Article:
The region now has new potential for social and economic development, including large-scale gold and diamond mining operations in nearby regions and fishing and industrial fish processing for export markets. Due to Mwanza’s proximity to the western Serengeti, travelers who want to enjoy a less crowded area of the park and experience the magic of the Serengeti without the fleet of safari vehicles and seasonal crowds can stop there. The Sukuma tribe, Tanzania’s largest, which has long lived in the area and farmed it, also has its seat in Mwanza. For tourists who enjoy spending time in the open or away from the noise and crowd of the city, local cultural centers can set up cultural tourism programs in their nearby villages and farms.

3. Zanzibar – 766,000

Zanzibar, Stone Material, Town, Building Exterior, Zanzibar Town

Zanzibar is a semi-autonomous island province that joined Tanganyika to establish the United Republic of Tanzania in 1964.


The current population of Zanzibar is almost 800,000, making it the third most populated city in the country. Zanzibar is a semi-autonomous island province that joined Tanganyika to establish the United Republic of Tanzania in 1964. One prevalent misconception is that Zanzibar consists simply of one island. Actually, it is a group of islands in the Indian Ocean that form an archipelago. Unguja (often referred to as Zanzibar) and Pemba Island are two of the major islands among many smaller ones.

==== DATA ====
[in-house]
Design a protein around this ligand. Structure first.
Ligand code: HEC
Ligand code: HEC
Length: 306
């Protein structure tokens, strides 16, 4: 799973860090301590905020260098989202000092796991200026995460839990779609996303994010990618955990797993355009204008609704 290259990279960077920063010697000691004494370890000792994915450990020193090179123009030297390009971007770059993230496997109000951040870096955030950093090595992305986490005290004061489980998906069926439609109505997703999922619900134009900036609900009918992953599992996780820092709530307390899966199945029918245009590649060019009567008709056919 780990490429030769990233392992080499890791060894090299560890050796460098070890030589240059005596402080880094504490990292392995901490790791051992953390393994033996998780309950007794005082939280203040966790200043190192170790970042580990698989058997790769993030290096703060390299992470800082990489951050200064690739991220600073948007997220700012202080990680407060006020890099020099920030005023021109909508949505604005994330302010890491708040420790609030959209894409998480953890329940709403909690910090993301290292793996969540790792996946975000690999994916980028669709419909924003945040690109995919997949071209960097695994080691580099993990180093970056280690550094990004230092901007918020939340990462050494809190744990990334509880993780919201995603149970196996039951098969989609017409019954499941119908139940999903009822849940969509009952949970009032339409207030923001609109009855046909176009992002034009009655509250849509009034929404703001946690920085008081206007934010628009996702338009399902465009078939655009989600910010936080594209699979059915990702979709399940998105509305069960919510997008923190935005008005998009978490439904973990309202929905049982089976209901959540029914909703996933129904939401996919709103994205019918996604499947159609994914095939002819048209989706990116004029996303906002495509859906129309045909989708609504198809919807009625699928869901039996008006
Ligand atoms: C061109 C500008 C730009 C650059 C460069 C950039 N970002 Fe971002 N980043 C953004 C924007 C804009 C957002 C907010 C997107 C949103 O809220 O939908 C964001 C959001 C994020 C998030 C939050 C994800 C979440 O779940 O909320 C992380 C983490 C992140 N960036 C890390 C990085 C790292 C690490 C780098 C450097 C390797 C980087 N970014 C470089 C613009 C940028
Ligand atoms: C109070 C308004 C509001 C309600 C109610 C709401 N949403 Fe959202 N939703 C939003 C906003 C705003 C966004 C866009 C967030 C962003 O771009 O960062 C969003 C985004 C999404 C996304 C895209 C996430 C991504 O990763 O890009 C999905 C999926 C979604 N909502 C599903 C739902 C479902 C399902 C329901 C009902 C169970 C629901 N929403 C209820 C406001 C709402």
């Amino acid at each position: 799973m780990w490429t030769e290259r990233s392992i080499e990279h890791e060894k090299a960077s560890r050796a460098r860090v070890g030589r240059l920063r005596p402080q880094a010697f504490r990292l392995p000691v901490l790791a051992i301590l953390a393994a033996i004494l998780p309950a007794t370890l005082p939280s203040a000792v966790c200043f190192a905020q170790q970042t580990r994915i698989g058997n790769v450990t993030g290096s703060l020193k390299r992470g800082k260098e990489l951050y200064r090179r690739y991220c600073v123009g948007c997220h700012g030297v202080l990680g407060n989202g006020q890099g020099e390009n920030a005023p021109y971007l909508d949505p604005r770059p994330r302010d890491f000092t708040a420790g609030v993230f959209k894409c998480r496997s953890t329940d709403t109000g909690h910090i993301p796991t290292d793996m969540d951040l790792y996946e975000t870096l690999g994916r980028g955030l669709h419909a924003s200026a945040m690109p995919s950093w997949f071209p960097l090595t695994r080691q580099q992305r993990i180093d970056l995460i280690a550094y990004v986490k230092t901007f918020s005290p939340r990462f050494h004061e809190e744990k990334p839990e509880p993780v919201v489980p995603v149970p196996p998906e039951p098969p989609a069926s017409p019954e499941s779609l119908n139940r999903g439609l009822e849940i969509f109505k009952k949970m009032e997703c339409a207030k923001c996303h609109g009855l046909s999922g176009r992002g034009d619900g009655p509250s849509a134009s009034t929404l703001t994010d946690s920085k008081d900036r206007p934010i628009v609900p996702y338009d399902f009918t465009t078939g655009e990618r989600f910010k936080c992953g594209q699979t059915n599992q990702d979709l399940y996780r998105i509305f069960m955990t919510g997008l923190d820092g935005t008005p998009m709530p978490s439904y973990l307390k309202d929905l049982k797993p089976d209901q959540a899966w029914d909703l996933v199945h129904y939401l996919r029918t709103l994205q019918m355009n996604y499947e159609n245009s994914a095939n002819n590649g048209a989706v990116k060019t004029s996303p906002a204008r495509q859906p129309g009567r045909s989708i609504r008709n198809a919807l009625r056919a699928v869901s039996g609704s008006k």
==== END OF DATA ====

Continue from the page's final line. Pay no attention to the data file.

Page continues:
Zanzibar served as a hub for the slave and spice trades in the region by serving as a base for traders from the African Lakes region, India, and the Arabian peninsula. Despite being formally a part of Tanzania in East Africa, life there is distinct in practically every way—from politics to religion to culture to food. The reason for this is that even after the official merger that birthed Tanzania, Zanzibar has remained an independent region with its own rules, government, and overall way of life. Zanzibar has a long history and is littered with ancient ruins. For many years, the island has been greatly impacted by Arab culture. The shortest war in history took place in Zanzibar in 1896, and it ended with their 38-minute capitulation to the British Army.

One of the parts of Zanzibar that attract tourists the most is Stone Town. Although the historic city, which was designated a UNESCO cultural heritage site in 2000, is attractive, it is essentially a maze. On the plus side, Stone Town is compact and secure, and not knowing where you’re going adds to the adventure. Even if you do get lost, one of the most interesting things about the locals is that they are nice and always willing to help, so you could always stop to ask for directions. Zanzibar contains a few of East Africa’s most opulent luxury resorts, which can be a startling contrast to the island’s generally peaceful, economically struggling population.

Summary of the 3 Most Populated Cities in Tanzania

Rank by PopulationName of CityPopulationFeature
1.Dar es Salaam7,405,000Busy port; commercial and manufacturing hub.
2.Mwanza1, 245,000Agricultural, mining, and fishing industries hub; near Lake Victoria and major cities in other countries.
3.Zanzibar766,000Semi-autonomous; part of archipelago; tourist site, particularly Stone Town.

The photo featured at the top of this post is ©